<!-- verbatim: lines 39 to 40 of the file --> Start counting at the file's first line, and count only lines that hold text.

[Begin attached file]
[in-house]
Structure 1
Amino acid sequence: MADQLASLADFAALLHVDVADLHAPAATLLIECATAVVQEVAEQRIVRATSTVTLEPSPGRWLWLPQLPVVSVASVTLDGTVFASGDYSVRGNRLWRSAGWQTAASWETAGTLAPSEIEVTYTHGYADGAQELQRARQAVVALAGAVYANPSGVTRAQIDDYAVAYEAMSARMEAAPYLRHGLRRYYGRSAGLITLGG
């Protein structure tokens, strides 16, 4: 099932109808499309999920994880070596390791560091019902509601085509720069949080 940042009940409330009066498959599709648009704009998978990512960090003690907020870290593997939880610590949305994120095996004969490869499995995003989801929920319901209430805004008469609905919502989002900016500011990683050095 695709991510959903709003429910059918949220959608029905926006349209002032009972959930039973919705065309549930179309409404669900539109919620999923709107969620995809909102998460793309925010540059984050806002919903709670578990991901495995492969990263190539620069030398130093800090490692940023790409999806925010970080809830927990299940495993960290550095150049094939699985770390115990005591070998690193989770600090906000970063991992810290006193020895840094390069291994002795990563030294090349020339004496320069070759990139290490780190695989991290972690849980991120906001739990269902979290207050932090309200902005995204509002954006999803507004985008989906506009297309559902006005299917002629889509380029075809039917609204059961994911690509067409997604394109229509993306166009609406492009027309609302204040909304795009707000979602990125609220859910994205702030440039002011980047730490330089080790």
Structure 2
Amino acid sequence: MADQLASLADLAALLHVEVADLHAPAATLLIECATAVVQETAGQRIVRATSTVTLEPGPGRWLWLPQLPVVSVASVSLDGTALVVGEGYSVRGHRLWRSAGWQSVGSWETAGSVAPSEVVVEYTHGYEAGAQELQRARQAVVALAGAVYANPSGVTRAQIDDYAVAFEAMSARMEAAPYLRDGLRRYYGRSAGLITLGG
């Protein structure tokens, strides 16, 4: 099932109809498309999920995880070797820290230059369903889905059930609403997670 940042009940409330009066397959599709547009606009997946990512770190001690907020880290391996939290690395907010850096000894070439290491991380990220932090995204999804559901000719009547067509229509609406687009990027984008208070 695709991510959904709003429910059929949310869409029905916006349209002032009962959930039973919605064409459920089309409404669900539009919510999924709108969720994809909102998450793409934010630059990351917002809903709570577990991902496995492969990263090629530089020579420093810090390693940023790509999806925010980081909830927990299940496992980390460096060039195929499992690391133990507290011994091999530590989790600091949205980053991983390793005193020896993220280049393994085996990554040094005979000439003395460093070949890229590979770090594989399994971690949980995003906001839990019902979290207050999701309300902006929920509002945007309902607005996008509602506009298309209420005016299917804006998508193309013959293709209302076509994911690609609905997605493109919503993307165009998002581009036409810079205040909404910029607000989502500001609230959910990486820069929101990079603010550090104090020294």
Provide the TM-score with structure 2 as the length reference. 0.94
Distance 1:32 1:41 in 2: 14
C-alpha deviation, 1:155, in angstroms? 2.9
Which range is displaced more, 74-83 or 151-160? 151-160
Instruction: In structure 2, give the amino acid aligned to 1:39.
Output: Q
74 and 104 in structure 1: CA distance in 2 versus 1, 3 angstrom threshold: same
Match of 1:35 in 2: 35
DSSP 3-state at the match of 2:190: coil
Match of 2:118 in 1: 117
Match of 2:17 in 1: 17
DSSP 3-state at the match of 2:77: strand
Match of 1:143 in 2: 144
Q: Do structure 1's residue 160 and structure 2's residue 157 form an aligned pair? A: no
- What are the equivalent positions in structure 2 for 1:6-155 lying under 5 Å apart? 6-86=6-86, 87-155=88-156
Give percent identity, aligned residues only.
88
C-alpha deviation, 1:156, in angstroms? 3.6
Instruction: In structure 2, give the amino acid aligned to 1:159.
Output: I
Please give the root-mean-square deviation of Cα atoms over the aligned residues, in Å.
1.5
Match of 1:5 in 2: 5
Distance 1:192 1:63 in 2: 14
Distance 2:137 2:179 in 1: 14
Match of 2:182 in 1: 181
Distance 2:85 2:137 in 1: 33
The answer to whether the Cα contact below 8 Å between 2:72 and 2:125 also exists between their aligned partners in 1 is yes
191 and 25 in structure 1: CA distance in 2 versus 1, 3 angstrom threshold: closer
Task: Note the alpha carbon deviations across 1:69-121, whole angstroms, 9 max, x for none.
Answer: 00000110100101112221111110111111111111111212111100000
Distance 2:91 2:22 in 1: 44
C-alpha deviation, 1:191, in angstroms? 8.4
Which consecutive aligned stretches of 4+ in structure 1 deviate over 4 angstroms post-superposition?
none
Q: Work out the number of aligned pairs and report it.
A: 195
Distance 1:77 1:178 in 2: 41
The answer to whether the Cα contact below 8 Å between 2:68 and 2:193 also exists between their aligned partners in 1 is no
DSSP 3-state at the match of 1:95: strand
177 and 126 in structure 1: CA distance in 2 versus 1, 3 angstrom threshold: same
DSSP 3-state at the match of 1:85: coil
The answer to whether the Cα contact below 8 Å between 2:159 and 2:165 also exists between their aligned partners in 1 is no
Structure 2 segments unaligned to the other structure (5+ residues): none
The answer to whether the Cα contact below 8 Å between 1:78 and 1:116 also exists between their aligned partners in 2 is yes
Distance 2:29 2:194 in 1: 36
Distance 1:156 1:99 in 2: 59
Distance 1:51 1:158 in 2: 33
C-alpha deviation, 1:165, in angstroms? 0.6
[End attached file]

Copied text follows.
Distance 2:91 2:22 in 1: 44
C-alpha deviation, 1:191, in angstroms? 8.4